Ex-Credit Suisse trader pleads guilty in MBS case

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Published April 12, 2013

| Reuters

NEW YORK, April 12 (Reuters) - A former Credit Suisse Group AG trader on Friday pleaded guilty to a conspiracy charge in a U.S. criminal case relating to the alleged inflation of subprime mortgage bond prices.

Kareem Serageldin, the Swiss bank's former global head of structured credit, pleaded guilty to conspiracy to falsify books and records at a hearing in Manhattan federal court.

Prosecutors had accused him of artificially boosting the prices of subprime mortgage-backed bonds between August 2007 and February 2008, when housing and credit conditions were rapidly deteriorating.

Serageldin faces up to five years in prison, a prosecutor said at the hearing.

"I made a terrible mistake and I deeply regret my conduct," Serageldin, 39, told U.S. District Judge Alvin Hellerstein.

Two other former colleagues of Serageldin's at Credit Suisse, David Higgs and Salmaan Siddiqui, have already pleaded guilty. Higgs was a managing director and Siddiqui a vice president in the Swiss bank's investment banking division, according to prosecutors.

Their manipulation of bond prices contributed to Credit Suisse's taking a $2.65 billion writedown in its 2007 year-end results, according to prosecutors.

Credit Suisse has not been accused of wrongdoing. Bank spokesman Drew Benson declined to comment.

Credit Suisse awarded Serageldin a bonus of $7 million in cash and stock in 2007, before it discovered the scheme, according to the Manhattan U.S. Attorney's Office. The bank later rescinded the bonus.

Serageldin said at the hearing that under the plea agreement he has agreed to forfeit about $1 million, which represents his after-tax cash portion of his 2007 bonus.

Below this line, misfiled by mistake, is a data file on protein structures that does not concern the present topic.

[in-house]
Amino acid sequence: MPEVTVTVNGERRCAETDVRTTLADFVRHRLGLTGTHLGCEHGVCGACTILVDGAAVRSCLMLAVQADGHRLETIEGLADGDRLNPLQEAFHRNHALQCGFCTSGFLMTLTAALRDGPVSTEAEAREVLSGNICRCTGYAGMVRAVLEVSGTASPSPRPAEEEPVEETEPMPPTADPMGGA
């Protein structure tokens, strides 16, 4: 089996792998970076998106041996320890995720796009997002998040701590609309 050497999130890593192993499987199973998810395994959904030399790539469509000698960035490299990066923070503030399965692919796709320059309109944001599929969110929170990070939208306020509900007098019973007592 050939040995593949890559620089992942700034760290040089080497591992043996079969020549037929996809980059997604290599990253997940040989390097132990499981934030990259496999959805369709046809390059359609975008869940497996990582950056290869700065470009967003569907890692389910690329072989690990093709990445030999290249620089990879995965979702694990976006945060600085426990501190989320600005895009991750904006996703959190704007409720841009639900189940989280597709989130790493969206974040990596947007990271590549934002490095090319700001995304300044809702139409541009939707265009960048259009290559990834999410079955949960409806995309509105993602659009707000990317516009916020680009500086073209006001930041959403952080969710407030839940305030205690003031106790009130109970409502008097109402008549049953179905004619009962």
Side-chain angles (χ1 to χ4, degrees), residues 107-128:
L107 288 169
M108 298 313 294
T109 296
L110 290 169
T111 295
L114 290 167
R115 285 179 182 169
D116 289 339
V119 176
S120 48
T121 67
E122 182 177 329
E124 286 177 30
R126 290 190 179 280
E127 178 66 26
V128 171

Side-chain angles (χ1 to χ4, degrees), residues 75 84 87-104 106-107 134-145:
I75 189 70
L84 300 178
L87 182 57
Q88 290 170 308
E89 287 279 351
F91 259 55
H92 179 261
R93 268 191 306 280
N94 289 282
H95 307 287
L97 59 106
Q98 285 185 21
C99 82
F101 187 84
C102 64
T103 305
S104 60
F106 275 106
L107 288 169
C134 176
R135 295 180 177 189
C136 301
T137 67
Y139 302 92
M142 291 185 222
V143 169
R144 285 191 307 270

Under Serageldin's plea agreement, the government dropped a charge of wire fraud and a charge of false books and records.

The case is U.S.A. v. Serageldin, U.S. District Court, Southern District of New York, No. 12-00090

A former Credit Suisse Group AG trader on Friday pleaded guilty to a conspiracy charge in a U.S. criminal case relating to the alleged inflation of subprime mortgage bond prices.

Kareem Serageldin, the Swiss bank's former global head of structured credit, pleaded guilty to conspiracy to falsify books and records at a hearing in Manhattan federal court.

Prosecutors had accused him of artificially boosting the prices of subprime mortgage-backed bonds between August 2007 and February 2008, when housing and credit conditions were rapidly deteriorating.

Serageldin faces up to five years in prison, a prosecutor said at the hearing.

"I made a terrible mistake and I deeply regret my conduct," Serageldin, 39, told U.S. District Judge Alvin Hellerstein.

Two other former colleagues of Serageldin's at Credit Suisse, David Higgs and Salmaan Siddiqui, have already pleaded guilty. Higgs was a managing director and Siddiqui a vice president in the Swiss bank's investment banking division, according to prosecutors.

Their manipulation of bond prices contributed to Credit Suisse's taking a $2.65 billion writedown in its 2007 year-end results, according to prosecutors.

Credit Suisse has not been accused of wrongdoing. Bank spokesman Drew Benson declined to comment.

Credit Suisse awarded Serageldin a bonus of $7 million in cash and stock in 2007, before it discovered the scheme, according to the Manhattan U.S. Attorney's Office. The bank later rescinded the bonus.

Serageldin said at the hearing that under the plea agreement he has agreed to forfeit about $1 million, which represents his after-tax cash portion of his 2007 bonus.

Under Serageldin's plea agreement, the government dropped a charge of wire fraud and a charge of false books and records.

The case is U.S.A. v. Serageldin, U.S. District Court, Southern District of New York, No. 12-00090

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